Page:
Move to bridge gap between civil societies, governments

By Sunil K. Vaidya, Bureau Chief

Forum to ensure significance of national human rights institutions adhering to the Paris Principles
Muscat With an aim to bridge the gap between civil societies and governments in the region, the National Human Rights Commission (NHRC) in Oman will host the second Gulf Forum of National Institutions for Human Rights on Sunday and Monday at the Grand Hyatt Muscat.

“The idea behind the Gulf forum is to disseminate and promote human rights culture in the region,” Mohammad Bin Abdullah Al Riyami, Chairman of NHRC in Oman, said during a media briefing Saturday to announce the forum.

He added that the forum will ensure the significance of national human rights institutions adhering to the Paris Principles.
According to Al Riyami, the forum will focus, among other topics, on the role of Civil Society Institutions in increasing awareness and promoting the concepts of human rights.
Experts from National Human Rights Commissions in the Gulf and other Arab states will take part in the Forum along with representatives from the Higher Commissioner of Human Rights, the International Coordinating Committee and the International Labour Organisation.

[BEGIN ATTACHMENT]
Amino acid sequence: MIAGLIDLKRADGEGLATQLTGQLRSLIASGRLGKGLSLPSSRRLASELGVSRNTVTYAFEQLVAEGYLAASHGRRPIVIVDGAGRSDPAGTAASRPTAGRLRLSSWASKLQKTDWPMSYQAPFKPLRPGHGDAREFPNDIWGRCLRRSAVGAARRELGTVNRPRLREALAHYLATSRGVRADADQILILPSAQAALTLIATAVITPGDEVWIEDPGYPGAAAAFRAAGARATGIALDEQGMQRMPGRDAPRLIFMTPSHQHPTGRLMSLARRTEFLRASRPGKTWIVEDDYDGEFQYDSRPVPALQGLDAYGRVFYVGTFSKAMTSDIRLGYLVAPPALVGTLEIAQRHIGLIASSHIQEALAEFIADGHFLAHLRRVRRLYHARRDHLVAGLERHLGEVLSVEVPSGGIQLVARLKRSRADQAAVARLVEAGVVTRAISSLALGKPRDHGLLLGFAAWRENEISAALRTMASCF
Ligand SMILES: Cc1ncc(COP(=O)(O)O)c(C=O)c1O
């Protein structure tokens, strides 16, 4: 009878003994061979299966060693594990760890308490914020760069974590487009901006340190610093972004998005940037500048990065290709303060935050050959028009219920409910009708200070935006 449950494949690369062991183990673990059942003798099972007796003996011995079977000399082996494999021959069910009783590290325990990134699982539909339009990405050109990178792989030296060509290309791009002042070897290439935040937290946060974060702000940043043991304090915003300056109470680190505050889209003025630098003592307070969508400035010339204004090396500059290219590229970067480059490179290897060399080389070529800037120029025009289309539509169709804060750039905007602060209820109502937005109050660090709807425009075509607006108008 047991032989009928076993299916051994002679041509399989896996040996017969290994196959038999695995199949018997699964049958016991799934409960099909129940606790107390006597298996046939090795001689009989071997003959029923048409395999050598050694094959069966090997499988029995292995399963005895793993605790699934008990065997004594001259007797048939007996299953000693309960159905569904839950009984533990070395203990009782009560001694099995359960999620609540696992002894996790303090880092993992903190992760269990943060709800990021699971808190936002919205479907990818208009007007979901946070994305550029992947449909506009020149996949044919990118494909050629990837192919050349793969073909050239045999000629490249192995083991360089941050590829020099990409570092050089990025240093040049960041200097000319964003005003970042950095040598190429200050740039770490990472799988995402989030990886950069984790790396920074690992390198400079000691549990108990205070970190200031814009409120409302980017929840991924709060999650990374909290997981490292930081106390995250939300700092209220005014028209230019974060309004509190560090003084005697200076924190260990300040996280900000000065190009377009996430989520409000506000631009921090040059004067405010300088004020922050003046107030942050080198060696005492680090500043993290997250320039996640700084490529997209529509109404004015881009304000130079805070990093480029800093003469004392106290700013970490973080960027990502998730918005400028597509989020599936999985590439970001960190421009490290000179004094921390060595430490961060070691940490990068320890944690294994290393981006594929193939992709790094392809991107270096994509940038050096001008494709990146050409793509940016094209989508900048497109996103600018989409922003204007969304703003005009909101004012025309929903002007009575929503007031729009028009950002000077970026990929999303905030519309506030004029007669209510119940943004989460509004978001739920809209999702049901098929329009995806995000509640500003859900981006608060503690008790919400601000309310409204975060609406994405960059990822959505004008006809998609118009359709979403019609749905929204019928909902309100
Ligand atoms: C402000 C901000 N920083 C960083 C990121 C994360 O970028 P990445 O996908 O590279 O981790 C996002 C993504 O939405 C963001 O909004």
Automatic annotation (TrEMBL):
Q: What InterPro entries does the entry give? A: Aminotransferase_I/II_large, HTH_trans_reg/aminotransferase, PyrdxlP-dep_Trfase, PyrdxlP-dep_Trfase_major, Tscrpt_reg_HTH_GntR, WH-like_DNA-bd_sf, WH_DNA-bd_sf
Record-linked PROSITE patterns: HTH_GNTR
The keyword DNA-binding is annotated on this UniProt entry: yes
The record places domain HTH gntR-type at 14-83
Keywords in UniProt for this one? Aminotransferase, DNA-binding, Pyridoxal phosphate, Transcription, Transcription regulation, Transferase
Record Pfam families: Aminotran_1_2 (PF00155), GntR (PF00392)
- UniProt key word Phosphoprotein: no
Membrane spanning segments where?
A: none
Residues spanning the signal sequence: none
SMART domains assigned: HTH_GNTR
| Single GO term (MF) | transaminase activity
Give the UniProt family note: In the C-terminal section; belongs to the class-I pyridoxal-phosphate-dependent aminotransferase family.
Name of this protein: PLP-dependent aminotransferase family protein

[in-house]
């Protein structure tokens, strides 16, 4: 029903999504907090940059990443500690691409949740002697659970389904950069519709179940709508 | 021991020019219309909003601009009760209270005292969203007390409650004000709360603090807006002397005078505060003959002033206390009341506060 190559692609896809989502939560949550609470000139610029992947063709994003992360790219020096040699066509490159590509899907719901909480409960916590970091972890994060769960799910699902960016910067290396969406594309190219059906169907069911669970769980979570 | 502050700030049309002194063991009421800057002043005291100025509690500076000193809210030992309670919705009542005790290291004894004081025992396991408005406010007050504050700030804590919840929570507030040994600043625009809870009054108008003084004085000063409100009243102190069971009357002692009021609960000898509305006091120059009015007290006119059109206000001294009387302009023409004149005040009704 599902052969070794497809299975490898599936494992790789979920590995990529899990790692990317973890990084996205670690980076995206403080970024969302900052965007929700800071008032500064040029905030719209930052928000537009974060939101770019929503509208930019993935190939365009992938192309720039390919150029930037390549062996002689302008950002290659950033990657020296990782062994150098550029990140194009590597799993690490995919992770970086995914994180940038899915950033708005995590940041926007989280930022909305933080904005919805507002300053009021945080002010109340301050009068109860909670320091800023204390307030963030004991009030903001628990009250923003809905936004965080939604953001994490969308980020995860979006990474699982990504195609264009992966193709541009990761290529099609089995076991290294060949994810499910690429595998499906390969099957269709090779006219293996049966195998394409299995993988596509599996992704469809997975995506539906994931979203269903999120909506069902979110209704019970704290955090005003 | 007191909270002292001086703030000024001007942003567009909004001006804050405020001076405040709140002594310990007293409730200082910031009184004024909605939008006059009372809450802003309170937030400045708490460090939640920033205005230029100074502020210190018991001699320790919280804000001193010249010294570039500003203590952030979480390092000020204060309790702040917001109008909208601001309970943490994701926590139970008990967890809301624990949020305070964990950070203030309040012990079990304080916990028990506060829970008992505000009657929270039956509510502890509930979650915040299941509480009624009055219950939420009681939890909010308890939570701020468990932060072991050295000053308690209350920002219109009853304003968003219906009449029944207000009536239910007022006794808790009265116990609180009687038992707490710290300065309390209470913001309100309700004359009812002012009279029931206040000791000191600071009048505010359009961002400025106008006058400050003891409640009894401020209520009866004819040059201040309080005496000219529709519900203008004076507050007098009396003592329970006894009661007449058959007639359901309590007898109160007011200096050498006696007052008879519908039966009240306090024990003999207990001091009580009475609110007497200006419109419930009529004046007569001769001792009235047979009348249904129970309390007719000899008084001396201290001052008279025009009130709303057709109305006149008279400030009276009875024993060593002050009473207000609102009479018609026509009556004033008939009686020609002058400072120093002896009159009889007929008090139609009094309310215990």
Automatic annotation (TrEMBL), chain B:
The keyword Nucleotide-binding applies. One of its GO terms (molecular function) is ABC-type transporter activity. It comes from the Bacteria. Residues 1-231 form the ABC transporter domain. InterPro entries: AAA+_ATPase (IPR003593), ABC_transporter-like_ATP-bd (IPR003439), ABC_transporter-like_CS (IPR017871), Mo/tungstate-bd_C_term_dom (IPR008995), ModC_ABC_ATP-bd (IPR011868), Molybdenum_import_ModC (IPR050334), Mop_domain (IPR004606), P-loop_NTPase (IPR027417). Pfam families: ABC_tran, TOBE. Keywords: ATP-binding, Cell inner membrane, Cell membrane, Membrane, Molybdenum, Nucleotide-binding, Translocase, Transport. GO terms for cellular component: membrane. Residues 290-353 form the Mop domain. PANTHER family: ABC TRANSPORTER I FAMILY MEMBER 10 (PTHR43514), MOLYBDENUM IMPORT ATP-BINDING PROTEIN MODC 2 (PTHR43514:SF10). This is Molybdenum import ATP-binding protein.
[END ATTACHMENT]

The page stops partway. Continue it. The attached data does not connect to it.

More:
Talking about creating awareness about human rights in the GCC member-states, the NHRC Chairman pointed out that without the cooperation of media and civil societies it would be difficult to promote and disseminate human rights culture in the region.
He called upon media to investigate reports of human rights.
“We are an advisory body and we cannot enforce law,” he said, in reply to a question but stressed that in Oman the government as well as private sector cooperates fully with the NHRC.
Asked if the government funded body (NHRC) finds it difficult to point a finger at the government violation of human rights, he said: “We are funded not founded by government but by the Sultan under a Royal Decree.”
However, he reiterated commission’s freedom saying: “that [funding] doesn't undermine our independence because we are all subject to rule of law.”
He also pointed out that most complaints to the commission so far had no basis for human rights violations.
The commission, he further pointed out, “has been established to protect the human rights of citizens and expats living in Oman as well as advising specialised entities on issues concerning their rights..